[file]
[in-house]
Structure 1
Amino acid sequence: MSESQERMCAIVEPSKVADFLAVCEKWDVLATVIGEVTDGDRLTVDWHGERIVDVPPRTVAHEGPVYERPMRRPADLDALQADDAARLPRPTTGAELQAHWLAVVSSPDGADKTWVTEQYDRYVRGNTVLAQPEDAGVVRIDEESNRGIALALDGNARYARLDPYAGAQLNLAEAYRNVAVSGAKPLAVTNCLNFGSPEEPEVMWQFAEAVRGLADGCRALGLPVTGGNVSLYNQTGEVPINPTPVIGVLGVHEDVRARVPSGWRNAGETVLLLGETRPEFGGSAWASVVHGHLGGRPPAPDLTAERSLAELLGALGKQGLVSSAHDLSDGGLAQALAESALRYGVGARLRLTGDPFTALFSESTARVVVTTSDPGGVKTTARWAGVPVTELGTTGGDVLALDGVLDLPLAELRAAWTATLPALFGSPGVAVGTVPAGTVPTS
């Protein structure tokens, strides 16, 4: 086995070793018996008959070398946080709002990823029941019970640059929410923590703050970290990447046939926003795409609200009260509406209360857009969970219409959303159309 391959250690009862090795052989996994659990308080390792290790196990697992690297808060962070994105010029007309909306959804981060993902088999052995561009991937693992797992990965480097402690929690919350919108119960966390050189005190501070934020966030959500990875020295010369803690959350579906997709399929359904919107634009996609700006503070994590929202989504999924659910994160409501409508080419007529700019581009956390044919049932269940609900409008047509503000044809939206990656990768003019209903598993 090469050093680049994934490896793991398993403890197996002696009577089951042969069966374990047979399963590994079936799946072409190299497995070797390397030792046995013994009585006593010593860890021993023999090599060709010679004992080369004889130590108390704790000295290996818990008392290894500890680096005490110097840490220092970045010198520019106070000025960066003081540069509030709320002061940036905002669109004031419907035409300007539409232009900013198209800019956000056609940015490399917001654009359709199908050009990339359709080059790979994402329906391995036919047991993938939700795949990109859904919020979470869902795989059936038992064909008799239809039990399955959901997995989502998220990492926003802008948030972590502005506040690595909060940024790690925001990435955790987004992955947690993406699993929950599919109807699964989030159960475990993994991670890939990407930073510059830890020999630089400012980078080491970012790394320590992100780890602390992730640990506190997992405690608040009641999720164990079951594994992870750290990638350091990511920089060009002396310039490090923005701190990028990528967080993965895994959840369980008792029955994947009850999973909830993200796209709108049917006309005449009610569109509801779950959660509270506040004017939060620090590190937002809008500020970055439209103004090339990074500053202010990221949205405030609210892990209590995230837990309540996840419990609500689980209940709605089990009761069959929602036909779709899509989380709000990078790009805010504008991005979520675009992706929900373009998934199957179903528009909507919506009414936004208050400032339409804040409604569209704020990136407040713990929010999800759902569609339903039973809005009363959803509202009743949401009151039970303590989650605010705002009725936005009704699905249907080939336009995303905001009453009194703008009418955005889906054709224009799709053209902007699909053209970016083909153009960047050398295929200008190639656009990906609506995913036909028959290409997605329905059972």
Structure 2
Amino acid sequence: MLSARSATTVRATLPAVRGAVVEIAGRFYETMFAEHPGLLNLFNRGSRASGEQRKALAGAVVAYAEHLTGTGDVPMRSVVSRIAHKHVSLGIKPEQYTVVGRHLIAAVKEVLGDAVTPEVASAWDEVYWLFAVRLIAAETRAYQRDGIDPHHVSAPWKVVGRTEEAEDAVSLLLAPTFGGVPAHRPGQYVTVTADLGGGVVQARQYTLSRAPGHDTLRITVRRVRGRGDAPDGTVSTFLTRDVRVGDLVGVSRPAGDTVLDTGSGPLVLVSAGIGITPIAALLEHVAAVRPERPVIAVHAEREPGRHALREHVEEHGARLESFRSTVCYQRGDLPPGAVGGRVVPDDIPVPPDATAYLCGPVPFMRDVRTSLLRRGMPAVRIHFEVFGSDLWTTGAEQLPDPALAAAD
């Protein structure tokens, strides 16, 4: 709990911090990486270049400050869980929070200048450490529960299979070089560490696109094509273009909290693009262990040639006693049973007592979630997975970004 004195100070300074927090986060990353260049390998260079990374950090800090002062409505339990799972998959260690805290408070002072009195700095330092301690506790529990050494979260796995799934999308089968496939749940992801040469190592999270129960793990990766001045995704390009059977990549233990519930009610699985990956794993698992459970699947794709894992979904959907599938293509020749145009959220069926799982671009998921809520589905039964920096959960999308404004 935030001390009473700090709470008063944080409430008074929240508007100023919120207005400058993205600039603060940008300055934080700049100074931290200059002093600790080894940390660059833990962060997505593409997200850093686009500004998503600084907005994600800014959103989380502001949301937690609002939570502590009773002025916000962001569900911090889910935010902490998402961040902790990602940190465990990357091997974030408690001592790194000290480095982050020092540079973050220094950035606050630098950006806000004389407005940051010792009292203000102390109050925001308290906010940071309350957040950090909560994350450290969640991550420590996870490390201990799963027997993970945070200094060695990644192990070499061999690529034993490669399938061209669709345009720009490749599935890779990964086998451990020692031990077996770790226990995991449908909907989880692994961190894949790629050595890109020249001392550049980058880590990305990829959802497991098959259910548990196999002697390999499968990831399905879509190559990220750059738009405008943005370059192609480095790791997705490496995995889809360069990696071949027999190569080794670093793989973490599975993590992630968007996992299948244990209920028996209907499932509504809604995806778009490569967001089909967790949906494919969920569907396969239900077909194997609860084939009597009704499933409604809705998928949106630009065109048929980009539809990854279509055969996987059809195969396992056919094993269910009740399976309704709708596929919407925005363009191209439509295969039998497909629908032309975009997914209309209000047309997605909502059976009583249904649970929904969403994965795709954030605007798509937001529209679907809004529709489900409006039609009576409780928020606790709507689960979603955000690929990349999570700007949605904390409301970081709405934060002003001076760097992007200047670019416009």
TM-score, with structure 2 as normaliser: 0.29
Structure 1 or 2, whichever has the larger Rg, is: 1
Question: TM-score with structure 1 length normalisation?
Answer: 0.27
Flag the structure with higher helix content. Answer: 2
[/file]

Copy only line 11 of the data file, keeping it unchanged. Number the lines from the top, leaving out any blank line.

Answer: 0.27